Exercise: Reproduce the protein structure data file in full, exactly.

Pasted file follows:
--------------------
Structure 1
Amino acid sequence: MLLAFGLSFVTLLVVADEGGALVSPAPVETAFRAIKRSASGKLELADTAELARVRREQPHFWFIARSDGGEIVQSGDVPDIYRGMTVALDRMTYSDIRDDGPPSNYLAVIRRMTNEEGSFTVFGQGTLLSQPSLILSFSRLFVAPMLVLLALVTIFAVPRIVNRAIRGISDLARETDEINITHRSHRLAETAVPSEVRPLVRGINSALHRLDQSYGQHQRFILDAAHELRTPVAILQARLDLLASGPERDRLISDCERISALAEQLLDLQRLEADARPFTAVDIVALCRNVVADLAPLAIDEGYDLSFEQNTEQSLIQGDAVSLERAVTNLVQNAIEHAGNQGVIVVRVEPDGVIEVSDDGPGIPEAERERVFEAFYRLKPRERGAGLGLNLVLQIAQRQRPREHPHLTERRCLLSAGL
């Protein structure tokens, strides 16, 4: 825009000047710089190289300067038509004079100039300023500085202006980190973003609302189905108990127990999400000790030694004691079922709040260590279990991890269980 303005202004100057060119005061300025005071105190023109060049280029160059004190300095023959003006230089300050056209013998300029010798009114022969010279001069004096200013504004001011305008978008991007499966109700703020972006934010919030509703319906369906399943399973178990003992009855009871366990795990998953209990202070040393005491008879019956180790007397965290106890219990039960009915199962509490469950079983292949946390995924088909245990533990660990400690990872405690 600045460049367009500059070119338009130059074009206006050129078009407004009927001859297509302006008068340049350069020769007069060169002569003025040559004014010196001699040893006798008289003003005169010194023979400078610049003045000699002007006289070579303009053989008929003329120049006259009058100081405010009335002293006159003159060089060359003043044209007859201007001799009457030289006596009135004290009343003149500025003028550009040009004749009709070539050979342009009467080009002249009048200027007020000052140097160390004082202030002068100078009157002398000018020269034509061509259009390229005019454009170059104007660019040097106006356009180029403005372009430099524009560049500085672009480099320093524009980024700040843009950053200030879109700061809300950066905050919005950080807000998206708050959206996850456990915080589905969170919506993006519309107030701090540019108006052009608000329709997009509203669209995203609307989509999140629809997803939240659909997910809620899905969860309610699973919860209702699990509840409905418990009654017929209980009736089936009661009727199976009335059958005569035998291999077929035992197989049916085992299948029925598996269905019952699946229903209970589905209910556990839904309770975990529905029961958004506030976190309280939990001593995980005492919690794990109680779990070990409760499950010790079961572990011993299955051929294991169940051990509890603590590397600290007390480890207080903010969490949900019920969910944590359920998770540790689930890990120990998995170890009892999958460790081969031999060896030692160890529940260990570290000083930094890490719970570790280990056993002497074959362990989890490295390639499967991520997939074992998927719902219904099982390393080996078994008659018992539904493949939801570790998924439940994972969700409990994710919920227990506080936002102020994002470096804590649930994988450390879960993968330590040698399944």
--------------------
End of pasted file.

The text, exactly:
Structure 1
Amino acid sequence: MLLAFGLSFVTLLVVADEGGALVSPAPVETAFRAIKRSASGKLELADTAELARVRREQPHFWFIARSDGGEIVQSGDVPDIYRGMTVALDRMTYSDIRDDGPPSNYLAVIRRMTNEEGSFTVFGQGTLLSQPSLILSFSRLFVAPMLVLLALVTIFAVPRIVNRAIRGISDLARETDEINITHRSHRLAETAVPSEVRPLVRGINSALHRLDQSYGQHQRFILDAAHELRTPVAILQARLDLLASGPERDRLISDCERISALAEQLLDLQRLEADARPFTAVDIVALCRNVVADLAPLAIDEGYDLSFEQNTEQSLIQGDAVSLERAVTNLVQNAIEHAGNQGVIVVRVEPDGVIEVSDDGPGIPEAERERVFEAFYRLKPRERGAGLGLNLVLQIAQRQRPREHPHLTERRCLLSAGL
């Protein structure tokens, strides 16, 4: 825009000047710089190289300067038509004079100039300023500085202006980190973003609302189905108990127990999400000790030694004691079922709040260590279990991890269980 303005202004100057060119005061300025005071105190023109060049280029160059004190300095023959003006230089300050056209013998300029010798009114022969010279001069004096200013504004001011305008978008991007499966109700703020972006934010919030509703319906369906399943399973178990003992009855009871366990795990998953209990202070040393005491008879019956180790007397965290106890219990039960009915199962509490469950079983292949946390995924088909245990533990660990400690990872405690 600045460049367009500059070119338009130059074009206006050129078009407004009927001859297509302006008068340049350069020769007069060169002569003025040559004014010196001699040893006798008289003003005169010194023979400078610049003045000699002007006289070579303009053989008929003329120049006259009058100081405010009335002293006159003159060089060359003043044209007859201007001799009457030289006596009135004290009343003149500025003028550009040009004749009709070539050979342009009467080009002249009048200027007020000052140097160390004082202030002068100078009157002398000018020269034509061509259009390229005019454009170059104007660019040097106006356009180029403005372009430099524009560049500085672009480099320093524009980024700040843009950053200030879109700061809300950066905050919005950080807000998206708050959206996850456990915080589905969170919506993006519309107030701090540019108006052009608000329709997009509203669209995203609307989509999140629809997803939240659909997910809620899905969860309610699973919860209702699990509840409905418990009654017929209980009736089936009661009727199976009335059958005569035998291999077929035992197989049916085992299948029925598996269905019952699946229903209970589905209910556990839904309770975990529905029961958004506030976190309280939990001593995980005492919690794990109680779990070990409760499950010790079961572990011993299955051929294991169940051990509890603590590397600290007390480890207080903010969490949900019920969910944590359920998770540790689930890990120990998995170890009892999958460790081969031999060896030692160890529940260990570290000083930094890490719970570790280990056993002497074959362990989890490295390639499967991520997939074992998927719902219904099982390393080996078994008659018992539904493949939801570790998924439940994972969700409990994710919920227990506080936002102020994002470096804590649930994988450390879960993968330590040698399944």